Creating A Stable Optical Clock

Time is something that has always fascinated humanity. The ancient Egyptians invented the first sun dial to measure out the day and ancient Greek philosophers pondered what time’s real nature was. Even today it seems we are always inventing a new slightly  more accurate clock that lets us know our accuracy to another femtosecond or two. Although it seems frivolous this research is actually very important. It’s using clocks like these that we can begin to test Einstein’s and Lorentz’s theories about how the universe operates. Being able to tell such accurate time also has practical benefits in communications and astrophysics where as time progresses any discrepancy in a clocks counting can be disastrous.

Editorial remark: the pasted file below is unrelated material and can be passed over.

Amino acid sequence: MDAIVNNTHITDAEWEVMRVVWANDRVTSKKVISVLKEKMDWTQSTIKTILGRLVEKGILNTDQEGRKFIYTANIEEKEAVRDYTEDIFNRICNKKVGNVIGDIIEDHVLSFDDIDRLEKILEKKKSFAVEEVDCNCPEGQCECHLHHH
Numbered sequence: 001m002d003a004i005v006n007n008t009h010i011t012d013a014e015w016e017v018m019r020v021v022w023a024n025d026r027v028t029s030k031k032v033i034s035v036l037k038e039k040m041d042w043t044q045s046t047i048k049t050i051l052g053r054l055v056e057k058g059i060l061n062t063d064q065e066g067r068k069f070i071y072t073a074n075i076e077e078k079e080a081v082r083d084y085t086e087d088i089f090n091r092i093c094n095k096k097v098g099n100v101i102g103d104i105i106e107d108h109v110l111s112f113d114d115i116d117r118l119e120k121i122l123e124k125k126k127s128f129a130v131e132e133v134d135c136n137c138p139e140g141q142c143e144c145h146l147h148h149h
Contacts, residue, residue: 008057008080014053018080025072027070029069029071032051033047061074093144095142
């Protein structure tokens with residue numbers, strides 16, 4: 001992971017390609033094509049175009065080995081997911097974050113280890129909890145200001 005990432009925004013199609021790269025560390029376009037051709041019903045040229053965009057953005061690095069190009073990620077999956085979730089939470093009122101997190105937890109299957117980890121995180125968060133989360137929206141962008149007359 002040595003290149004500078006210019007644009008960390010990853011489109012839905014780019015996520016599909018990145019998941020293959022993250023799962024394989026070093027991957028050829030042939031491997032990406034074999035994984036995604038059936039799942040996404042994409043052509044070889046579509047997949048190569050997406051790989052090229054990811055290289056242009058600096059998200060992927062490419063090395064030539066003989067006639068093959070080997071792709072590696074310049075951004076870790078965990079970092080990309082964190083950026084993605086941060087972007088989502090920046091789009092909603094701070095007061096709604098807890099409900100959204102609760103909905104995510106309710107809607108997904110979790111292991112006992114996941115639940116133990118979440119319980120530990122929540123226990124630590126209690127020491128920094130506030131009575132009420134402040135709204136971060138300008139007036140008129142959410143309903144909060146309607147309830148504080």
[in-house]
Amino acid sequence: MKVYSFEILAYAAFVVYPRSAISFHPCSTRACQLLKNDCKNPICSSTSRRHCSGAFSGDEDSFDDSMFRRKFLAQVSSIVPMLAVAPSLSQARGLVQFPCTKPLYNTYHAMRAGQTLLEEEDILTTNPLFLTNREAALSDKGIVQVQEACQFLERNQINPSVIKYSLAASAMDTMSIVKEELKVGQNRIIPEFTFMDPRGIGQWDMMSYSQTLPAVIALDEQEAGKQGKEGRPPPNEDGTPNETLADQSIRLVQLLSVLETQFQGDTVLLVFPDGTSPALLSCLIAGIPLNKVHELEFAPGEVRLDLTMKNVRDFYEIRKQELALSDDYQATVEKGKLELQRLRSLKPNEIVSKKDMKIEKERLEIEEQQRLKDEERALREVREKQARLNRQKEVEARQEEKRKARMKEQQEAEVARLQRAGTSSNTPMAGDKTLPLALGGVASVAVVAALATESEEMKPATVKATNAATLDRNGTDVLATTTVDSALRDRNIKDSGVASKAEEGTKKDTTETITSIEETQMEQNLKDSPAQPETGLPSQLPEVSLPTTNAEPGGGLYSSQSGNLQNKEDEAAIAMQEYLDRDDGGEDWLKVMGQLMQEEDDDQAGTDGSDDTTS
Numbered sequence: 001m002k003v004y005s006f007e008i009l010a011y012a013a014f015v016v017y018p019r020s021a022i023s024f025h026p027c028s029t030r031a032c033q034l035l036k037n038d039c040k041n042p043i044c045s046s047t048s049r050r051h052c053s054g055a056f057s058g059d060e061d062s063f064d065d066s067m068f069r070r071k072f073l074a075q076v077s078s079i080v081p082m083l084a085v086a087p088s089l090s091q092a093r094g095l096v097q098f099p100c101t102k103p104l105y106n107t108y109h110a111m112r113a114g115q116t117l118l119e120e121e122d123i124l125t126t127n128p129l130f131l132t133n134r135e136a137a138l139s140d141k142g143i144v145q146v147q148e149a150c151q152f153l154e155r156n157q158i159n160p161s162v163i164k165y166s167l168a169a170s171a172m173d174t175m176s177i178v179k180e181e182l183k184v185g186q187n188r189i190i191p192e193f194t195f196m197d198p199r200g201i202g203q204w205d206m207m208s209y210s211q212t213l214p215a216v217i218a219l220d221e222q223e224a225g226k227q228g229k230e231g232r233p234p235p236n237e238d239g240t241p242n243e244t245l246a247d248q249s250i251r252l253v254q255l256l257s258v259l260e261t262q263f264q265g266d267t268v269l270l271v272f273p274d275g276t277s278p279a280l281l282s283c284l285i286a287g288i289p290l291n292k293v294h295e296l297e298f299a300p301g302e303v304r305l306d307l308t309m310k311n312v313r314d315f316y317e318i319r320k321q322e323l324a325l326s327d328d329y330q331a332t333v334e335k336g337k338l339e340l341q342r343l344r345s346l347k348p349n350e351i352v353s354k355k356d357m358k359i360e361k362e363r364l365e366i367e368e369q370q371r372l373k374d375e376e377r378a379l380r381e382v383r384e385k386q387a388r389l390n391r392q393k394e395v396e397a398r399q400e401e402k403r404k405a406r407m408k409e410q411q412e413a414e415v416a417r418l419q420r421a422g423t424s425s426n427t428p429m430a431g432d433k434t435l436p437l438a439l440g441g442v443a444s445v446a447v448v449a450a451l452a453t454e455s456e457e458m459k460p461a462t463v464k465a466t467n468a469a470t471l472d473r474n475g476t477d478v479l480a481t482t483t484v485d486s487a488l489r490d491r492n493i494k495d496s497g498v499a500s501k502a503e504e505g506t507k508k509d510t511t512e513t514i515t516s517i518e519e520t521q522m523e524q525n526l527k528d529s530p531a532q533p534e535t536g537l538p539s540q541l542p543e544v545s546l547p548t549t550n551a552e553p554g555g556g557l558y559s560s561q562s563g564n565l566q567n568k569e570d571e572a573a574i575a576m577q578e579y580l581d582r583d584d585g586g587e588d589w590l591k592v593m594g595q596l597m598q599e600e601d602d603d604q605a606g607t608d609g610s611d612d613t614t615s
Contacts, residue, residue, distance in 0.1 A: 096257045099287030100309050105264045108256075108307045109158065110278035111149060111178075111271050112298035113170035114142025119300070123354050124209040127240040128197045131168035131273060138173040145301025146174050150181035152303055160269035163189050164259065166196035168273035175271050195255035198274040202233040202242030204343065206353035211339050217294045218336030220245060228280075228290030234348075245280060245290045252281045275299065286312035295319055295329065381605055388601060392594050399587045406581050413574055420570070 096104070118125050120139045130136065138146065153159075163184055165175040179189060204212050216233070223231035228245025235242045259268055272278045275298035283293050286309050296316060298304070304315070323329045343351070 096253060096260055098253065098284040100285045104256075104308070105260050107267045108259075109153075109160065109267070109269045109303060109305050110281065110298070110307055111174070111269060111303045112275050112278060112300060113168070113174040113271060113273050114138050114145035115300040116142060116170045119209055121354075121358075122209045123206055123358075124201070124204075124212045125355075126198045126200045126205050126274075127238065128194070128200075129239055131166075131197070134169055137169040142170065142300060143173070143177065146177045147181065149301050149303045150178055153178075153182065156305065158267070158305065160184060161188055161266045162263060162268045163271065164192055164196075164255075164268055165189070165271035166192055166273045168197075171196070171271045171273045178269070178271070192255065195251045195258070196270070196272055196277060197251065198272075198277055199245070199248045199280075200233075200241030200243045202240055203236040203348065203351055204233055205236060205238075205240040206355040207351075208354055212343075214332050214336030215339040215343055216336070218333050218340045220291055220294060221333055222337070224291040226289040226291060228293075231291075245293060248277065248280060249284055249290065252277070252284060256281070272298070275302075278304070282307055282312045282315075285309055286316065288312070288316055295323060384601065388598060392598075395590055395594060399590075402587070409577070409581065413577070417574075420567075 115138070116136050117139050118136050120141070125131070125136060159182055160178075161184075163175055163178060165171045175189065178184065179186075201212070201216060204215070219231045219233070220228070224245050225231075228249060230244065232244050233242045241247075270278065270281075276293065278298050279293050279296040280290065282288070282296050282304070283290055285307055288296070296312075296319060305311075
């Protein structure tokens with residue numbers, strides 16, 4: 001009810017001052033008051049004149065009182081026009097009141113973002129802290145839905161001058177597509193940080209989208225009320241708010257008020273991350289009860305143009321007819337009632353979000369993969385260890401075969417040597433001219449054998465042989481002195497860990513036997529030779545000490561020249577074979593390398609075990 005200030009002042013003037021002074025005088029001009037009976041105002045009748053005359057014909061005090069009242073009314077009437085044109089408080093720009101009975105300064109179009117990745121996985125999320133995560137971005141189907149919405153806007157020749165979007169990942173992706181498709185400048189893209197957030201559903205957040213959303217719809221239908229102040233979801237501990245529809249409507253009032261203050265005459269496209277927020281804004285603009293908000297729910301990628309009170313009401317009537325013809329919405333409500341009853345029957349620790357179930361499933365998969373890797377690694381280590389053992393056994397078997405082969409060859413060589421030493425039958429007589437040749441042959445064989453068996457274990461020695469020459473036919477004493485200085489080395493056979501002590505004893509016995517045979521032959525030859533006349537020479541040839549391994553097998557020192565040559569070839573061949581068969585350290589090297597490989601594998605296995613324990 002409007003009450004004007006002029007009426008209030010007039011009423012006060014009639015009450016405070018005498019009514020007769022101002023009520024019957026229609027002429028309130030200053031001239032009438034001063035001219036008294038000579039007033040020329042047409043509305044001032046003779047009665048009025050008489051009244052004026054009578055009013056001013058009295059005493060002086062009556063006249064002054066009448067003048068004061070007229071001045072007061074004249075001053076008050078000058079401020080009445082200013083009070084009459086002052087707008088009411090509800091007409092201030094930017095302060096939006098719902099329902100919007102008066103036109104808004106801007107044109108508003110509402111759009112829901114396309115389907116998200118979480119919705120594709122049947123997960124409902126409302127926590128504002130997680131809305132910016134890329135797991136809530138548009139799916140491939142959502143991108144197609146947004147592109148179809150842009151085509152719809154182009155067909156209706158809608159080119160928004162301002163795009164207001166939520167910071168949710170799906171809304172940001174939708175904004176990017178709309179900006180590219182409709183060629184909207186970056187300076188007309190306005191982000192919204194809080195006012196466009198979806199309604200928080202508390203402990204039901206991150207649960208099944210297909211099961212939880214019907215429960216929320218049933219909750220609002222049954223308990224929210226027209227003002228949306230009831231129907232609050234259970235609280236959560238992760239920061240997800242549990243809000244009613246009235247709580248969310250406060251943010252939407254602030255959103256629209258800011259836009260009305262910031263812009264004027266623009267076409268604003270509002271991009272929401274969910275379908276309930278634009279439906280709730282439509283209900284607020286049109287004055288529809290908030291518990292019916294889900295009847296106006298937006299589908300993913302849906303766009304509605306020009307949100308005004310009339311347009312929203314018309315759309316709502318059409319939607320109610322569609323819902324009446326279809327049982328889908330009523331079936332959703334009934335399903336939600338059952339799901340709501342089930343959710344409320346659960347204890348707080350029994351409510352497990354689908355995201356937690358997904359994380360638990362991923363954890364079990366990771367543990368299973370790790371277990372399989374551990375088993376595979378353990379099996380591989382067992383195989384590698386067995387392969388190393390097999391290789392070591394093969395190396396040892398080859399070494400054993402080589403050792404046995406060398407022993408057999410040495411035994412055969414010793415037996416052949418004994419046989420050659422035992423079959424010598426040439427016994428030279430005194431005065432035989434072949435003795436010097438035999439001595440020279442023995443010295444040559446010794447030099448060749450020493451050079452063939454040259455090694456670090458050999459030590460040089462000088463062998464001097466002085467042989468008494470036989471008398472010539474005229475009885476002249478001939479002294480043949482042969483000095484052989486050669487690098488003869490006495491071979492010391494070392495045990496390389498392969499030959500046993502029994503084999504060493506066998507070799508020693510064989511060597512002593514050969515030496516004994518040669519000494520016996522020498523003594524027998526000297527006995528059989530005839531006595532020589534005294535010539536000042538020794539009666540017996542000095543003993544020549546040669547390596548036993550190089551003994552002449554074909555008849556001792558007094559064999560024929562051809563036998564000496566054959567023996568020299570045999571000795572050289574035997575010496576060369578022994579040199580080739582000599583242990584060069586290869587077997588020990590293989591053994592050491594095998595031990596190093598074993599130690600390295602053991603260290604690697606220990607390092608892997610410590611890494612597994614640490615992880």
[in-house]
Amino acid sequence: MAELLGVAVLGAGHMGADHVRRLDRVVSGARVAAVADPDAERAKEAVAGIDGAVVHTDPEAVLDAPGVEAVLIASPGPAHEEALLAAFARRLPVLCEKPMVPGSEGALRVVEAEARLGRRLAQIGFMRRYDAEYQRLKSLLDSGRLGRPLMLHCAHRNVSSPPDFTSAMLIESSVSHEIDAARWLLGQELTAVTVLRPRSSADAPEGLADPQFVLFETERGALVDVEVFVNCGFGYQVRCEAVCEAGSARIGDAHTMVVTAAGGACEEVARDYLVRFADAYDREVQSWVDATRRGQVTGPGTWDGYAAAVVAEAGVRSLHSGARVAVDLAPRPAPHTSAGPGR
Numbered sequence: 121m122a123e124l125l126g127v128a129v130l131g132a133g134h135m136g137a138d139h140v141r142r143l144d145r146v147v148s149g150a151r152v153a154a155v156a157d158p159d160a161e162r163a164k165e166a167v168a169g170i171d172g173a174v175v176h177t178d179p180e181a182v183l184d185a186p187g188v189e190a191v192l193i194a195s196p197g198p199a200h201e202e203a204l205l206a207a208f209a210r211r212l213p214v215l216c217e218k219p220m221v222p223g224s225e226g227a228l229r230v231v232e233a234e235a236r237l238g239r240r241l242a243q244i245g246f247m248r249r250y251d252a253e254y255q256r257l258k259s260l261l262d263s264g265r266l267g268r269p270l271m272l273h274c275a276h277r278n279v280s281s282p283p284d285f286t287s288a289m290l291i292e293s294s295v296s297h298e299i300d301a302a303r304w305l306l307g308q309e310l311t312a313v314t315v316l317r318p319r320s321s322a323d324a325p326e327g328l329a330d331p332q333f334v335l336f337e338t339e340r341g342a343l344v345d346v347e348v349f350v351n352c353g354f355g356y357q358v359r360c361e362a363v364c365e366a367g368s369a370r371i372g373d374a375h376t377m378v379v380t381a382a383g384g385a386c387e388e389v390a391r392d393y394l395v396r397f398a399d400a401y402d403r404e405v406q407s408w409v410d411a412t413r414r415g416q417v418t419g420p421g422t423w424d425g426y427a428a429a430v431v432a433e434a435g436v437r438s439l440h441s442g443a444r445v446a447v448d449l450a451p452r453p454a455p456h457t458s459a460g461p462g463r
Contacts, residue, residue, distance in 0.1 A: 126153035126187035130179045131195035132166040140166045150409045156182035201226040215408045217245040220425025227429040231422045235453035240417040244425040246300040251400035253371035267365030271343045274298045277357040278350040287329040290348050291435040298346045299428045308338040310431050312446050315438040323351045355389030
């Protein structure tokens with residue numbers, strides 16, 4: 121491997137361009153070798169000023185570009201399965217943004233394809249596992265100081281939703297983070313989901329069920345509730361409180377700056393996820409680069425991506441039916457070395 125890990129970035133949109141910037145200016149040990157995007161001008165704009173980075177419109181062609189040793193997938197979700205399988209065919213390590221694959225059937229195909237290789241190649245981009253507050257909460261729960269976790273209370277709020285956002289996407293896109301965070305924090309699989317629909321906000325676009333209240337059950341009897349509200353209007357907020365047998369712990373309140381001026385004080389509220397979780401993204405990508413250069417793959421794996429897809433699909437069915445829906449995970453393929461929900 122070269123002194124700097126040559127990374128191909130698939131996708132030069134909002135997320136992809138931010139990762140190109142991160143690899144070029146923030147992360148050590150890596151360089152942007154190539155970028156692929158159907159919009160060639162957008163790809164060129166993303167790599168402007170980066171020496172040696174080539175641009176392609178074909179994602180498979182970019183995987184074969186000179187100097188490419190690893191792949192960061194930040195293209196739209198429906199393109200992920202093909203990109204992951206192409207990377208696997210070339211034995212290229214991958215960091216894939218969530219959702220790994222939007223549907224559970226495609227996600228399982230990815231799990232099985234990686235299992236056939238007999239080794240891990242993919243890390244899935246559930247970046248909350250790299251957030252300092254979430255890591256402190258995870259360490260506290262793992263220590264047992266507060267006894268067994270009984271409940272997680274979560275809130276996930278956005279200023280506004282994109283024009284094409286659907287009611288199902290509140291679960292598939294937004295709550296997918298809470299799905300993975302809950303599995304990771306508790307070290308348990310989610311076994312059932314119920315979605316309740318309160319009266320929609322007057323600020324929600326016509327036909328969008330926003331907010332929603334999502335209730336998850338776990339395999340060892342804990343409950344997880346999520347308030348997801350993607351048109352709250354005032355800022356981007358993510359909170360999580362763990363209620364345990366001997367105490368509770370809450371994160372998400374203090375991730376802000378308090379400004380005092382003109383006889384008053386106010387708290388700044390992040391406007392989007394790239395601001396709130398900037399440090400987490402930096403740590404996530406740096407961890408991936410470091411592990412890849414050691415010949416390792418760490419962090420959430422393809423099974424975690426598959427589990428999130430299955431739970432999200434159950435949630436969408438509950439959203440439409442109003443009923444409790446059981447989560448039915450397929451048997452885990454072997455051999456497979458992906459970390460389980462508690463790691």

The new ideas being tested are optical lattice clocks. An optical lattice is not a physical material thing as it might sound, instead it is actually the effect generated by the interference of lasers that creates a nice periodic pattern. Atoms then get trapped at the lowest potentials of this pattern which resembles a crystalline lattice in shape. A clock designed from an optical lattice would be extremely accurate but also portable and could be easily be used high quality research performed in space. The problem is the lasers used in these devices are quite unstable and so work has to be done in order to make sure they can be maintained for a sufficient length of time.Recently a paper has managed to show a new set up with reduced instability in the laser and an acceleration sensitivity of 3 × 10−10/g which may seem very low but it’s ten times better than the previous design. It is now believed that since this clock has to be built in a vacuum maintaining pressure inside this chamber seems to be the next big blockade in the road ahead.

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